The front cover of a graphic narrative of Srila Prabhupadas life.
Propaganda is “information, especially of a biased or misleading nature, used to promote a political cause or point of view”. Propaganda is often associated with the psychological mechanisms of influencing and altering the attitude of a population toward a specific cause, position or political agenda in an effort to form a consensus to a standard set of belief patterns.
Propaganda is information that is not objective and is used primarily to influence an audience and further an agenda, often by presenting facts selectively (perhaps lying by omission) to encourage a particular synthesis or perception, or using loaded messages or “loaded language” to produce an emotional rather than a rational response to the information that is presented. Propaganda is often associated with material prepared by governments, but activist groups and companies can also produce propaganda.
In the 2010s, the term propaganda is associated with a manipulative approach, but propaganda historically was a neutral descriptive term. A wide range of materials and media are used for conveying propaganda messages, which changed as new technologies were invented, including paintings, cartoons, posters, pamphlets, films, radio shows, TV shows, and websites.
The History of Comics and Graphic Narratives
As far as we look back in History Man has used pictures to describe themes to do with life death and the afterlife. The obvious examples are Egyptian paintings such as Those of Isis and Osiris and their struggle against Seth the evil brother.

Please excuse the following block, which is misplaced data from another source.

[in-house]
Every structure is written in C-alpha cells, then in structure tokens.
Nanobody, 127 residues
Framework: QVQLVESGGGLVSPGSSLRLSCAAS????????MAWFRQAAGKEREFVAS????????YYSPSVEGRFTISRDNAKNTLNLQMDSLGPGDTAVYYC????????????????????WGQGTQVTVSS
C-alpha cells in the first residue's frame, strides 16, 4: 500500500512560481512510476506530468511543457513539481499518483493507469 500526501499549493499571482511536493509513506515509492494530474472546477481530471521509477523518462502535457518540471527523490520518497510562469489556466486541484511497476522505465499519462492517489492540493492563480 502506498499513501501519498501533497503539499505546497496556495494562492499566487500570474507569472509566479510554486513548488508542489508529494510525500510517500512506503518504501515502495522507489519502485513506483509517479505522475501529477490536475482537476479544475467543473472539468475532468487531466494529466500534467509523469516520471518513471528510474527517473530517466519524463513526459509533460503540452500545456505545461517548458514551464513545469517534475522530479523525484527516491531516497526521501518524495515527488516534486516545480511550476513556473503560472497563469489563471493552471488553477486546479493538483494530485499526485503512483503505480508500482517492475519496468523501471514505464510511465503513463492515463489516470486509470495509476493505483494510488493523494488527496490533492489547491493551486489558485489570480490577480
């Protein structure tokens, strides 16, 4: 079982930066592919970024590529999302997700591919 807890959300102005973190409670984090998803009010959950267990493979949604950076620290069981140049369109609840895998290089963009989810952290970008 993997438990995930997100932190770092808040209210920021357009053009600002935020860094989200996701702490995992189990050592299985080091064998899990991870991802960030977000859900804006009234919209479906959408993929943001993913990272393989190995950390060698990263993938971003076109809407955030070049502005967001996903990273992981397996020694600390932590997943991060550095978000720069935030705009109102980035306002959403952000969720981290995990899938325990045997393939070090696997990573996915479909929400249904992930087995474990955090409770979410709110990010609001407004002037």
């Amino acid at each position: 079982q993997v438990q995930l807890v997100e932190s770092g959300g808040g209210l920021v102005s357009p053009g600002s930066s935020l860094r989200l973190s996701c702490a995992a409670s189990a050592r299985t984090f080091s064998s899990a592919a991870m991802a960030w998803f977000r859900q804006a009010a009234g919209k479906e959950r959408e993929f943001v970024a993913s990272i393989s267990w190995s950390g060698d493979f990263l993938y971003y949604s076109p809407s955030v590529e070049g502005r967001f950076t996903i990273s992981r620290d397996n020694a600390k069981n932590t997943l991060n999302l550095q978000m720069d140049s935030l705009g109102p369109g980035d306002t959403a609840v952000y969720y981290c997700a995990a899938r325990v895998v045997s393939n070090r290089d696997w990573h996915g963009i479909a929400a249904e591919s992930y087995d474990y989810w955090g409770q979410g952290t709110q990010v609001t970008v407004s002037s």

Those pictures were combined with Hieroglyphic writing which was a form of pictorial lettering which is much like a graphic narrative of today and we cannot go much wrong in examining these examples to see how the expert artists wielded their magic in getting these amazing themes across to an audience which can still view them epochs later.
Then we come to see that within many traditions the theme of who we are and what our purpose on this planet is explored as well of course the most important of our relationship with the Gods.
True Religion is about finding a way to be here in this world and to also help others to go home back to the spiritual world or back to Godhead. Srila Prabhupada said that we are spiritual beings having a human experience. He wanted to portray within his artworks what it is like in a world where there is no birth, death, old age or disease and to help us all realize that we are in fact eternal spiritual souls, spiritual beings. This is the spiritual science of self-realization or the science of Bhakti Yoga. “Bhakti artist claim to be able to give one direct access to the spiritual world, to God and his Kingdom.
The above image is an artwork made by Srila Prabhupadas early disciples in the sixties when Srila Prabhupada exploded as a popular culture icon because of the popularity of his spiritual message. His Divine Grace wowed the young Western audience with his beautiful devotional chanting and wonderful philosophy of love and devotion and his amazing spiritual food and festivals including the incredible Ratha Yatra festivals.
For me the main interest is Sacred art and making it and this wonderful Museum in Belgium is a top place of interest for me at present as is the MOSA in Italy at Villa Vrndavan.
With its roots in ancient Indian and Vaishnava culture, devotees find expression in vibrant colors, striking melodies and enlivening dramatic presentations. In order to recognise and nurture artistic talent, ISKCON has created a community for artists called VANDE ( Vaisnava Arts for a New Devotional Era), The aim to attract the public and patrons of arts through quality presentations. Members sometimes convey their devotion Fine Arts, Theatre, Dance, Music, Cinema, Literature and Architecture.